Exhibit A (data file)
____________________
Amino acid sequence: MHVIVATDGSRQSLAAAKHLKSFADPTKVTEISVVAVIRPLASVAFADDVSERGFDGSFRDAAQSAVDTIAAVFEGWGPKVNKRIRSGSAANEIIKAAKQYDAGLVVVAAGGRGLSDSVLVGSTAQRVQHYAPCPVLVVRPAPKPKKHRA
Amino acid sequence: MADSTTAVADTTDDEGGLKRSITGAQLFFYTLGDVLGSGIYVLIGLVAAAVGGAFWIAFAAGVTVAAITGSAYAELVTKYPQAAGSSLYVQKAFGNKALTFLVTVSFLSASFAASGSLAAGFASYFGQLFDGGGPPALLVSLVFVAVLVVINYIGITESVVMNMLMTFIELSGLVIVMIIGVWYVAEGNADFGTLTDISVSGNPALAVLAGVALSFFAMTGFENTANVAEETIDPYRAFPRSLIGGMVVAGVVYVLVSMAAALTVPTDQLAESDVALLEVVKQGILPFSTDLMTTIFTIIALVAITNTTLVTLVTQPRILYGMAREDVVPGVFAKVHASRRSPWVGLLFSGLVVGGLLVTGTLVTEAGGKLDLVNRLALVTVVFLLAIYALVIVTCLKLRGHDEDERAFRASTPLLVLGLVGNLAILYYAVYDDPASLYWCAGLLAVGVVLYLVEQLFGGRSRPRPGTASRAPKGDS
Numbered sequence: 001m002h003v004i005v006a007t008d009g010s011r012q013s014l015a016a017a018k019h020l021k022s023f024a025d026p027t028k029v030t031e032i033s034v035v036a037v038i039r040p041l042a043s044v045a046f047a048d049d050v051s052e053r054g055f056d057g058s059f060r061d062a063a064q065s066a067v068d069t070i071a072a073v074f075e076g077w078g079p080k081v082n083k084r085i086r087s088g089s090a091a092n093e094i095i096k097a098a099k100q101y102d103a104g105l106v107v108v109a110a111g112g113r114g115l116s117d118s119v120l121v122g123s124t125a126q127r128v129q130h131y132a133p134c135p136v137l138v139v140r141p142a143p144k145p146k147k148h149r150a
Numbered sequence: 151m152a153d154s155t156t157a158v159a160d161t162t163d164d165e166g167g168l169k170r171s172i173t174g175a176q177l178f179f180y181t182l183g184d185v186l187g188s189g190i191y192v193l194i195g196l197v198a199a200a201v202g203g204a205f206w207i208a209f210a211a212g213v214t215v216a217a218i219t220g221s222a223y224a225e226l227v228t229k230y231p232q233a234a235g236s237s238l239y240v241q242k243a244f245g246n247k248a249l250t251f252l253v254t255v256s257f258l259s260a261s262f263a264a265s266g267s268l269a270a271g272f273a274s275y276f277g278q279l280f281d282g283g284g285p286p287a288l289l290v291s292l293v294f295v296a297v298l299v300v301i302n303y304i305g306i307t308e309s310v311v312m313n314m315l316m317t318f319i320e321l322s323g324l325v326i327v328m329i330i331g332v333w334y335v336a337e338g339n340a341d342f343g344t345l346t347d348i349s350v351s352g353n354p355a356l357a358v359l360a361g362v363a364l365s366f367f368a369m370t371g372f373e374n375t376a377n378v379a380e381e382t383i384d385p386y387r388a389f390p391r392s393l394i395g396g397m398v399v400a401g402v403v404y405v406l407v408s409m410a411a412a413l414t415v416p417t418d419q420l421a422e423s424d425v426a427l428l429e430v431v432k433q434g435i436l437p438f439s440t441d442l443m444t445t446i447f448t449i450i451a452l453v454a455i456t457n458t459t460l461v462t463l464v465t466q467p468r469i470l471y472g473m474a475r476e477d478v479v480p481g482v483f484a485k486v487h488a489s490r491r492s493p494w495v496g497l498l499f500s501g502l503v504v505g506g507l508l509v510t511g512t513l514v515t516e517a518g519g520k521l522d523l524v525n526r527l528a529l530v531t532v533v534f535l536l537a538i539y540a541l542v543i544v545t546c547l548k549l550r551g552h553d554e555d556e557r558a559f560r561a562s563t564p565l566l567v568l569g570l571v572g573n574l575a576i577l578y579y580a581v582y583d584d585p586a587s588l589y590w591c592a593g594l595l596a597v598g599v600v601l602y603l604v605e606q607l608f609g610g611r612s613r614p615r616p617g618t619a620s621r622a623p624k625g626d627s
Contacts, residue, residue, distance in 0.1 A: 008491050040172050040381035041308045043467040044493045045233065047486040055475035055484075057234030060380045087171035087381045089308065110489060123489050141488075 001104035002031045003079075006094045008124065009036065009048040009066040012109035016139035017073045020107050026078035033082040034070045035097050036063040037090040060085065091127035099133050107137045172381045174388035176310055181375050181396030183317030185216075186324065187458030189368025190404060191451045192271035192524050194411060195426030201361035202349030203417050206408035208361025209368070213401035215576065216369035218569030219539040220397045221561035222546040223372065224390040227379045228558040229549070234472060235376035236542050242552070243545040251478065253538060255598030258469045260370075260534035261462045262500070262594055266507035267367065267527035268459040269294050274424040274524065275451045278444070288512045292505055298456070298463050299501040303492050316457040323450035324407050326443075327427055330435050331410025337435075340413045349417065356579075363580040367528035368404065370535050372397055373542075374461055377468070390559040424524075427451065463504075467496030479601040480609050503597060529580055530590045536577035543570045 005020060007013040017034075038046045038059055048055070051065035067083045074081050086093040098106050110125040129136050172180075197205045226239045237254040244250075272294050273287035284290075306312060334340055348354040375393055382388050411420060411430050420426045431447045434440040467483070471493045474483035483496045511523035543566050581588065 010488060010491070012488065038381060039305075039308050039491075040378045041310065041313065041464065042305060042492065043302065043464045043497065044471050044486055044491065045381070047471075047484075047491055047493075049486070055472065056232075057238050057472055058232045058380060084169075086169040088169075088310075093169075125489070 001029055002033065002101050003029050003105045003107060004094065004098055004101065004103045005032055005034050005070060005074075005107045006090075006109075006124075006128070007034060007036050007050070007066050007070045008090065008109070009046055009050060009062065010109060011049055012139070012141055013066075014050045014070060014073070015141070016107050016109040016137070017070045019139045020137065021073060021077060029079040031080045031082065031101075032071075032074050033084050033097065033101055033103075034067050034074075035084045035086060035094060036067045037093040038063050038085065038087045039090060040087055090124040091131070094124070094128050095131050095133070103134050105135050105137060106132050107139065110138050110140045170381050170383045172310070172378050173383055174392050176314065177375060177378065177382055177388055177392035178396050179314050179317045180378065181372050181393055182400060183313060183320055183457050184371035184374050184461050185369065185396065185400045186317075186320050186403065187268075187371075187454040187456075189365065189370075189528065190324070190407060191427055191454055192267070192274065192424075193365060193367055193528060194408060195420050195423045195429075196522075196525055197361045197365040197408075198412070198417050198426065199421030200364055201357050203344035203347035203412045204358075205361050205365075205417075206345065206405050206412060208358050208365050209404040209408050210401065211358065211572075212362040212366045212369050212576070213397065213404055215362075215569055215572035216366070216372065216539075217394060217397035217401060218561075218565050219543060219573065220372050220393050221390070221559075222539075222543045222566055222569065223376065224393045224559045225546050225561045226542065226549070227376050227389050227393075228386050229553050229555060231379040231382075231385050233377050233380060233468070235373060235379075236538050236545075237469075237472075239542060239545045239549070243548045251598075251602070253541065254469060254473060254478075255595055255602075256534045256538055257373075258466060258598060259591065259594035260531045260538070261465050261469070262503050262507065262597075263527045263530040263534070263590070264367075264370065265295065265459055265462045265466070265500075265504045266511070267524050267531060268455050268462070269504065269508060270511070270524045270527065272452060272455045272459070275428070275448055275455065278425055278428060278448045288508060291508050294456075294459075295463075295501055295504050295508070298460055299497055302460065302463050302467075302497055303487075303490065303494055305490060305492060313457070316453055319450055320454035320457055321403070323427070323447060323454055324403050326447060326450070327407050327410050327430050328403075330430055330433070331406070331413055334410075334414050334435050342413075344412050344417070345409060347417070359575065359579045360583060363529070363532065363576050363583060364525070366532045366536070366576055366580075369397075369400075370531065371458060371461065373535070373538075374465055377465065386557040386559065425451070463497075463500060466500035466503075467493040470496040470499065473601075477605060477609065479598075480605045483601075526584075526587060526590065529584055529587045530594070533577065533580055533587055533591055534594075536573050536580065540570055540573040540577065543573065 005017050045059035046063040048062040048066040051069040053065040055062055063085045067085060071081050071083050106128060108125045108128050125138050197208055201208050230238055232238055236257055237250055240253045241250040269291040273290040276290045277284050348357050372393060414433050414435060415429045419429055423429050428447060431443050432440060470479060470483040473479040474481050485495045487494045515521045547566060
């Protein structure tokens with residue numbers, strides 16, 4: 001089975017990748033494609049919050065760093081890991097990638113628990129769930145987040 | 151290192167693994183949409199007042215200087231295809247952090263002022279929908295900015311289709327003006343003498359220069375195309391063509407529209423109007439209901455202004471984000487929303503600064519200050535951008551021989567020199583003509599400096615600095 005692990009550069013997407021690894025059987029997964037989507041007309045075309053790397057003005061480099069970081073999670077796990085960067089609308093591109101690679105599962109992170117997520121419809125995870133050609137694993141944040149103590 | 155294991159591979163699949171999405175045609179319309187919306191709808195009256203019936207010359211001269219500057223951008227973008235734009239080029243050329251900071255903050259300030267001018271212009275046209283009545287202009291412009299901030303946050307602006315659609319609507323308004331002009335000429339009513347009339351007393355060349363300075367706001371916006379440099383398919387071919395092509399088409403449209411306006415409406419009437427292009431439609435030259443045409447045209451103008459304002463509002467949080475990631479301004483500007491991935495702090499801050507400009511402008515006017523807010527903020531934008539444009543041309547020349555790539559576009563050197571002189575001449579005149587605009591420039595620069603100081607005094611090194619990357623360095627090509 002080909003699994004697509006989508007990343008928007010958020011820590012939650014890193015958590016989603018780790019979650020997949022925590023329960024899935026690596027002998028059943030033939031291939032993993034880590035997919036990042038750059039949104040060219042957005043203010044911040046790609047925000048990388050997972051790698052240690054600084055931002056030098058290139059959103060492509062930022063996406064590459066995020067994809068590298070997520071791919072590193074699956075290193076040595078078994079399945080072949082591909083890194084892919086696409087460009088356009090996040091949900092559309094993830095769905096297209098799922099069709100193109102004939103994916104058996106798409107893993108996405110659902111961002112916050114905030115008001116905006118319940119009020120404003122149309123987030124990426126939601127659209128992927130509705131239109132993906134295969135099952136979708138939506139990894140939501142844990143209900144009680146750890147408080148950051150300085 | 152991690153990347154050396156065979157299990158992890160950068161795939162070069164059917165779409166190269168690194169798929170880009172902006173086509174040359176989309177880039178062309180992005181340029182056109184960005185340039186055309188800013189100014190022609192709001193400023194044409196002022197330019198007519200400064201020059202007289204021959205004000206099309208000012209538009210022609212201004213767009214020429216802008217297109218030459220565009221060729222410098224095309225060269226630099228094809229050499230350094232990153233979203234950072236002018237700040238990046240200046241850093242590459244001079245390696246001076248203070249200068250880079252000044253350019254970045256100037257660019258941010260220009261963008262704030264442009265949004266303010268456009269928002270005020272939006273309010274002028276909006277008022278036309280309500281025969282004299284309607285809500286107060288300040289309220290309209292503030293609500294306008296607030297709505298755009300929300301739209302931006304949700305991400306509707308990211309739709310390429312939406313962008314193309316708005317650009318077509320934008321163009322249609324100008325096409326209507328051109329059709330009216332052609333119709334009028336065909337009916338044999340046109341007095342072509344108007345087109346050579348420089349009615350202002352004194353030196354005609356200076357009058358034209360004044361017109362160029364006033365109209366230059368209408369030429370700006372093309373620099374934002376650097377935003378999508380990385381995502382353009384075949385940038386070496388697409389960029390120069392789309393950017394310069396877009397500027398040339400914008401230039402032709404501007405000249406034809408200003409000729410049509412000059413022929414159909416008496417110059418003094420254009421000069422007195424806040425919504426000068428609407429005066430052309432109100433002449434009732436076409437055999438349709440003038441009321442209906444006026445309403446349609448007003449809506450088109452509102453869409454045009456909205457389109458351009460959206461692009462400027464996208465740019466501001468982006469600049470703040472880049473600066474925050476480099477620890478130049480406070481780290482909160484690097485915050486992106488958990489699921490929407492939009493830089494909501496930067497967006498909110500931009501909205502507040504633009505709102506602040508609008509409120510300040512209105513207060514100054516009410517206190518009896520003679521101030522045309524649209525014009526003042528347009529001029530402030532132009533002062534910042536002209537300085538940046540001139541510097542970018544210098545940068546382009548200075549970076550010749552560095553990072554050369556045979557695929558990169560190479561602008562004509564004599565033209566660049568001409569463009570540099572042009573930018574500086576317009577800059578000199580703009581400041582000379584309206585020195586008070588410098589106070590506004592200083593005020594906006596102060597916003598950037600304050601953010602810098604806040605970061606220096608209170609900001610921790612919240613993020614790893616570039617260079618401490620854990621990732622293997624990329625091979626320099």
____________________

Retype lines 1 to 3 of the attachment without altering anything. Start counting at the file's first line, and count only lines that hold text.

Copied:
Amino acid sequence: MHVIVATDGSRQSLAAAKHLKSFADPTKVTEISVVAVIRPLASVAFADDVSERGFDGSFRDAAQSAVDTIAAVFEGWGPKVNKRIRSGSAANEIIKAAKQYDAGLVVVAAGGRGLSDSVLVGSTAQRVQHYAPCPVLVVRPAPKPKKHRA
Amino acid sequence: MADSTTAVADTTDDEGGLKRSITGAQLFFYTLGDVLGSGIYVLIGLVAAAVGGAFWIAFAAGVTVAAITGSAYAELVTKYPQAAGSSLYVQKAFGNKALTFLVTVSFLSASFAASGSLAAGFASYFGQLFDGGGPPALLVSLVFVAVLVVINYIGITESVVMNMLMTFIELSGLVIVMIIGVWYVAEGNADFGTLTDISVSGNPALAVLAGVALSFFAMTGFENTANVAEETIDPYRAFPRSLIGGMVVAGVVYVLVSMAAALTVPTDQLAESDVALLEVVKQGILPFSTDLMTTIFTIIALVAITNTTLVTLVTQPRILYGMAREDVVPGVFAKVHASRRSPWVGLLFSGLVVGGLLVTGTLVTEAGGKLDLVNRLALVTVVFLLAIYALVIVTCLKLRGHDEDERAFRASTPLLVLGLVGNLAILYYAVYDDPASLYWCAGLLAVGVVLYLVEQLFGGRSRPRPGTASRAPKGDS
Numbered sequence: 001m002h003v004i005v006a007t008d009g010s011r012q013s014l015a016a017a018k019h020l021k022s023f024a025d026p027t028k029v030t031e032i033s034v035v036a037v038i039r040p041l042a043s044v045a046f047a048d049d050v051s052e053r054g055f056d057g058s059f060r061d062a063a064q065s066a067v068d069t070i071a072a073v074f075e076g077w078g079p080k081v082n083k084r085i086r087s088g089s090a091a092n093e094i095i096k097a098a099k100q101y102d103a104g105l106v107v108v109a110a111g112g113r114g115l116s117d118s119v120l121v122g123s124t125a126q127r128v129q130h131y132a133p134c135p136v137l138v139v140r141p142a143p144k145p146k147k148h149r150a